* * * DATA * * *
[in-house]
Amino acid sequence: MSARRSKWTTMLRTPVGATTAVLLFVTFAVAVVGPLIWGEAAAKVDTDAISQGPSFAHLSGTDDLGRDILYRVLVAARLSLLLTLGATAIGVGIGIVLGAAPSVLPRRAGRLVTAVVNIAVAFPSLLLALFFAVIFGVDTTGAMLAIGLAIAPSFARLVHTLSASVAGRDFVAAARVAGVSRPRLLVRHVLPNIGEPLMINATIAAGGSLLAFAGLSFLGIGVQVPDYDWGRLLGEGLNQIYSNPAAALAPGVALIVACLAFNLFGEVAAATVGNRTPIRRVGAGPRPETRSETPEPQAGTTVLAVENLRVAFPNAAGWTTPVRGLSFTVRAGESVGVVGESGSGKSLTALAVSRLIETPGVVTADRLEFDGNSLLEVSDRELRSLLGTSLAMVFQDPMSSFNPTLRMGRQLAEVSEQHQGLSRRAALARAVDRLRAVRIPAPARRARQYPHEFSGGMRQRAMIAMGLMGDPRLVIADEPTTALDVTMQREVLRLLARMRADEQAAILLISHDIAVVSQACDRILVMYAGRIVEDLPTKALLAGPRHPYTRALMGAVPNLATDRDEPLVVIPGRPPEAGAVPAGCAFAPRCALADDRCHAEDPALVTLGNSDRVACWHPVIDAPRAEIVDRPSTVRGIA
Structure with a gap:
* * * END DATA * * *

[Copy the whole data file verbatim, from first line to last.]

[in-house]
Amino acid sequence: MSARRSKWTTMLRTPVGATTAVLLFVTFAVAVVGPLIWGEAAAKVDTDAISQGPSFAHLSGTDDLGRDILYRVLVAARLSLLLTLGATAIGVGIGIVLGAAPSVLPRRAGRLVTAVVNIAVAFPSLLLALFFAVIFGVDTTGAMLAIGLAIAPSFARLVHTLSASVAGRDFVAAARVAGVSRPRLLVRHVLPNIGEPLMINATIAAGGSLLAFAGLSFLGIGVQVPDYDWGRLLGEGLNQIYSNPAAALAPGVALIVACLAFNLFGEVAAATVGNRTPIRRVGAGPRPETRSETPEPQAGTTVLAVENLRVAFPNAAGWTTPVRGLSFTVRAGESVGVVGESGSGKSLTALAVSRLIETPGVVTADRLEFDGNSLLEVSDRELRSLLGTSLAMVFQDPMSSFNPTLRMGRQLAEVSEQHQGLSRRAALARAVDRLRAVRIPAPARRARQYPHEFSGGMRQRAMIAMGLMGDPRLVIADEPTTALDVTMQREVLRLLARMRADEQAAILLISHDIAVVSQACDRILVMYAGRIVEDLPTKALLAGPRHPYTRALMGAVPNLATDRDEPLVVIPGRPPEAGAVPAGCAFAPRCALADDRCHAEDPALVTLGNSDRVACWHPVIDAPRAEIVDRPSTVRGIA
Structure with a gap: